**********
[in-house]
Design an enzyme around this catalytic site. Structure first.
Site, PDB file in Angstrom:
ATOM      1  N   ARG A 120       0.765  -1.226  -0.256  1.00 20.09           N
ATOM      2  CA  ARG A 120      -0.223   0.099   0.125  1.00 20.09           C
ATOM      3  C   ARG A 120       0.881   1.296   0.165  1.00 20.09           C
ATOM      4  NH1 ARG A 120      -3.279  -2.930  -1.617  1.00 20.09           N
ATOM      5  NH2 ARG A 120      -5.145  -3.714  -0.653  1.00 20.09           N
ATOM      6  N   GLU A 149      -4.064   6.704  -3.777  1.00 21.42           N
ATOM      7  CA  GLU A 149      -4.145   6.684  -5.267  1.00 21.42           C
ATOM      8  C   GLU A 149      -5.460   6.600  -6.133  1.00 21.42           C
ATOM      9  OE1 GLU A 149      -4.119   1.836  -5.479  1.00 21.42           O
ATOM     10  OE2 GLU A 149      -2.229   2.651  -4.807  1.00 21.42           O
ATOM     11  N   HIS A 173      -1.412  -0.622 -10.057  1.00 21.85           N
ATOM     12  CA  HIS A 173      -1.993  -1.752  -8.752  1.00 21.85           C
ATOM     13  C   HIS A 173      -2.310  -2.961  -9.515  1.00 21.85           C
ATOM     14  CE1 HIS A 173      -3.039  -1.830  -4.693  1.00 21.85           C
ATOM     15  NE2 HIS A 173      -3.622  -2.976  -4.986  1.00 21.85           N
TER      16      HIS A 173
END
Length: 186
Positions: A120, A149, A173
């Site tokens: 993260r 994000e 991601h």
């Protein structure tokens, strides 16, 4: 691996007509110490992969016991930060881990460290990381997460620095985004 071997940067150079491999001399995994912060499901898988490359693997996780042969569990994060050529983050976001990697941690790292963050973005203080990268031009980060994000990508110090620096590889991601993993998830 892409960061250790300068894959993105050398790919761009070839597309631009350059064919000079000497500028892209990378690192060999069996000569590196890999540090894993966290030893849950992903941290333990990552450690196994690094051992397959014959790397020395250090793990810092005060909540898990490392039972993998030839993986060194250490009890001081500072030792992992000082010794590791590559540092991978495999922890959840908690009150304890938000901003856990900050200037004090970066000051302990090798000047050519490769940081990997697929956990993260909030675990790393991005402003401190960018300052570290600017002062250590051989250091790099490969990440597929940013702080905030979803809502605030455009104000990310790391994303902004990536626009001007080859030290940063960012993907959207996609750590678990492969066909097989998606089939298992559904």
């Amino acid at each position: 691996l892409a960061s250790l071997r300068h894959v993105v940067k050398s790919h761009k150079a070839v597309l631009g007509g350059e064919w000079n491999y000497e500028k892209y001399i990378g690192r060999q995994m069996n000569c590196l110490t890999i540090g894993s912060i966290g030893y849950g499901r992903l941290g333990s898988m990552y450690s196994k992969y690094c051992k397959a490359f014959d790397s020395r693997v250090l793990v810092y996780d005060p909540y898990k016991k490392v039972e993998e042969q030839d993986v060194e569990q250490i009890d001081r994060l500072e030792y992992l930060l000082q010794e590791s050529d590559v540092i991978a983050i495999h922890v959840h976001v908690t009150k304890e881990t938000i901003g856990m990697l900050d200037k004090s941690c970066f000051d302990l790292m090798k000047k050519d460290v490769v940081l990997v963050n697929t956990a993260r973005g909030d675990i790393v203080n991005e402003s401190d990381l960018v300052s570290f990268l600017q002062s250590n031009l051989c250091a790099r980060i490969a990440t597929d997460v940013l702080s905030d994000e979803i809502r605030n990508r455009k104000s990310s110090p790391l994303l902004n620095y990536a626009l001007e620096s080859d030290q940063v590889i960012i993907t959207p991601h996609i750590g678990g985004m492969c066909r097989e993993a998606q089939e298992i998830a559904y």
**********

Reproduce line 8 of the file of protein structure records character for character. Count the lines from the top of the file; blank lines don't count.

ATOM      5  NH2 ARG A 120      -5.145  -3.714  -0.653  1.00 20.09           N